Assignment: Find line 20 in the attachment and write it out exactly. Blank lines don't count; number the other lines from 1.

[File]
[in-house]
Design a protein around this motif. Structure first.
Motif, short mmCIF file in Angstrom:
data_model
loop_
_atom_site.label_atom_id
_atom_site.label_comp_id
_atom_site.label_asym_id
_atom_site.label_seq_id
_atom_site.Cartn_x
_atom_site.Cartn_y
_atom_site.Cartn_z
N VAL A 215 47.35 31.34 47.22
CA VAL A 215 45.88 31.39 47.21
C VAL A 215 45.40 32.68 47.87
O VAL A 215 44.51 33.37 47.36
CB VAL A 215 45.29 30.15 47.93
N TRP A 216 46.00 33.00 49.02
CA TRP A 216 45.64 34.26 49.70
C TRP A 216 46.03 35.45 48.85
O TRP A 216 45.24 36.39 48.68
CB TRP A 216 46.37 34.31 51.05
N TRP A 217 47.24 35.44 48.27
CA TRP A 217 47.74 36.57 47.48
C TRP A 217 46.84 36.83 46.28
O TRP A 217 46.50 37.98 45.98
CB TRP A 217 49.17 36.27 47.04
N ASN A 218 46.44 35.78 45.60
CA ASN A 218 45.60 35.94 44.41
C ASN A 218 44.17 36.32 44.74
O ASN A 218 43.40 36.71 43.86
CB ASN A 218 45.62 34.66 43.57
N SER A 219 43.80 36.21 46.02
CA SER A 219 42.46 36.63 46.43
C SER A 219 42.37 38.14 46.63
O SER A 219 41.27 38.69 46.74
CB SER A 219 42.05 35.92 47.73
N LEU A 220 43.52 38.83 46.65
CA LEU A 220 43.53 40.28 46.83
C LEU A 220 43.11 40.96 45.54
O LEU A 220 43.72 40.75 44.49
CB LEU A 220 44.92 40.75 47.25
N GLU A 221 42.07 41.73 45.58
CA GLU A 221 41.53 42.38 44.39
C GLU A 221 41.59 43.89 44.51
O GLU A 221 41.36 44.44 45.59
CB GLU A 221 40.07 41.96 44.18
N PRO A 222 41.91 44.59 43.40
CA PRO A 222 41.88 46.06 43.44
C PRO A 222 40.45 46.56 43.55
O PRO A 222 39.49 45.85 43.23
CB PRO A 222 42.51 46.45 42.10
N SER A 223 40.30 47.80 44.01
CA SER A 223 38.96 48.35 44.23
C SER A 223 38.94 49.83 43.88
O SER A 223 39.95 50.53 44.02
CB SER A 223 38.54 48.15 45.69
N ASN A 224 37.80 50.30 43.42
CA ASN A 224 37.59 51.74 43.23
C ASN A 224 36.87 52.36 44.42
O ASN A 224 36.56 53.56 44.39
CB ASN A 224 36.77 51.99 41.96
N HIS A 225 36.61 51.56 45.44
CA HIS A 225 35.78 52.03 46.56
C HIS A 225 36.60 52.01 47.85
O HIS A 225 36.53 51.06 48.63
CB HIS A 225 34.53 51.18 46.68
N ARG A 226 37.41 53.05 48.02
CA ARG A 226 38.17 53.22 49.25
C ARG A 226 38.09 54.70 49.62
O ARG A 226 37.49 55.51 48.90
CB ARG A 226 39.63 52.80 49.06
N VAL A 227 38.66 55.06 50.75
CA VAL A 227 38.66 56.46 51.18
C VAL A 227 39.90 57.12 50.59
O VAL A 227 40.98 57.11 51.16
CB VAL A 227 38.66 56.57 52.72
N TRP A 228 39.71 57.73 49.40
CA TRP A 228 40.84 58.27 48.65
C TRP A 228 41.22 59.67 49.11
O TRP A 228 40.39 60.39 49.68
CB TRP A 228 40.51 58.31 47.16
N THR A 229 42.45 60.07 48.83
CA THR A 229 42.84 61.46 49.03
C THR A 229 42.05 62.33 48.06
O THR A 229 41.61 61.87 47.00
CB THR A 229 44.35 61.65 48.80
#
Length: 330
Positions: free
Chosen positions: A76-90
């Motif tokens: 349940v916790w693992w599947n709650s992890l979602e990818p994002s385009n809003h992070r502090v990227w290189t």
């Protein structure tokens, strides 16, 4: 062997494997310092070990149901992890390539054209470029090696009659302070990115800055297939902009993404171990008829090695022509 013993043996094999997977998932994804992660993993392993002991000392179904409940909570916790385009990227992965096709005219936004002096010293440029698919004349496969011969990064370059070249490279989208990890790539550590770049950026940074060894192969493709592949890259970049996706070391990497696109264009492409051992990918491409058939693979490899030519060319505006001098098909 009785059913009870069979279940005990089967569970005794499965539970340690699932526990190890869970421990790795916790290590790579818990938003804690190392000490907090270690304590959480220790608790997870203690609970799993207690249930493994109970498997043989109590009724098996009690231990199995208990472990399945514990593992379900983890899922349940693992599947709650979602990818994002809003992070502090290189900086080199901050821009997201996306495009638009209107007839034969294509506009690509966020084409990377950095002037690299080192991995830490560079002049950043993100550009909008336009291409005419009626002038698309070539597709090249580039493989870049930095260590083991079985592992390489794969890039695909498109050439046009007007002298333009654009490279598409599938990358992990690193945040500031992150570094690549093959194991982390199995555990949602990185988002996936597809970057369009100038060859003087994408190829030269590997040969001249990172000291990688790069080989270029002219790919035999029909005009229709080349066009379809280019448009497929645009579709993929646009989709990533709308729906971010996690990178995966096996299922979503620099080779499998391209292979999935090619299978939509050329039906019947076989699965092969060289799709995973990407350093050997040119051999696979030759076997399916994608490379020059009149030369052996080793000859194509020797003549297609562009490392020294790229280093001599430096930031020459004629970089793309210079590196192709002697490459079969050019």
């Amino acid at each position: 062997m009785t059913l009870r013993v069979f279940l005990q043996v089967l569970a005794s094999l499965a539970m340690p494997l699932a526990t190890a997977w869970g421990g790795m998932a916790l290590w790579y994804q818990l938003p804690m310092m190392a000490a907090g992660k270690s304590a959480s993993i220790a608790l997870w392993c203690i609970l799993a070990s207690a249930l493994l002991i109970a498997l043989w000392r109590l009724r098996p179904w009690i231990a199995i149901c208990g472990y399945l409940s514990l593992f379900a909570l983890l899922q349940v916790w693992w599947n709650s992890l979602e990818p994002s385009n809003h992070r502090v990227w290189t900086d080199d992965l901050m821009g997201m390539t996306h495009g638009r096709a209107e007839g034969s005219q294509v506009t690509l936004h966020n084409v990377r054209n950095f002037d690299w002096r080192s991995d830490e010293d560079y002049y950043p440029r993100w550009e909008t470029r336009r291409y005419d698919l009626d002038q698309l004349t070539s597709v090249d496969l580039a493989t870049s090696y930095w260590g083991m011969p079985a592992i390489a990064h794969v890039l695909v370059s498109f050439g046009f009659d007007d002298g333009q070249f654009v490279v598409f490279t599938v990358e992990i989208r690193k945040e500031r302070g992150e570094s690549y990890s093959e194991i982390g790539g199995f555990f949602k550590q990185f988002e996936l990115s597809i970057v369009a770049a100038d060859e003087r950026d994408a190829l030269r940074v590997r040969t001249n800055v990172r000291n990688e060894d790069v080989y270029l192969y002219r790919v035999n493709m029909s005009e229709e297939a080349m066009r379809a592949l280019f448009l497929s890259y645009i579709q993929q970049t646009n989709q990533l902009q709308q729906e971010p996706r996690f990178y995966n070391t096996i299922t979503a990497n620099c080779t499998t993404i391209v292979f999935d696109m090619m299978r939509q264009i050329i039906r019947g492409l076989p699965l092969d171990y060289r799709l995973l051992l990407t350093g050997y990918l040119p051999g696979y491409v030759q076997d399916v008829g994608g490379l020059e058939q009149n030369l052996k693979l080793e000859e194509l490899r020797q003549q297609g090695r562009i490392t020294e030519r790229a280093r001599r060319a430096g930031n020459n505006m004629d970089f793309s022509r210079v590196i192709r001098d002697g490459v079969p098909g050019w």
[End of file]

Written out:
C TRP A 216 46.03 35.45 48.85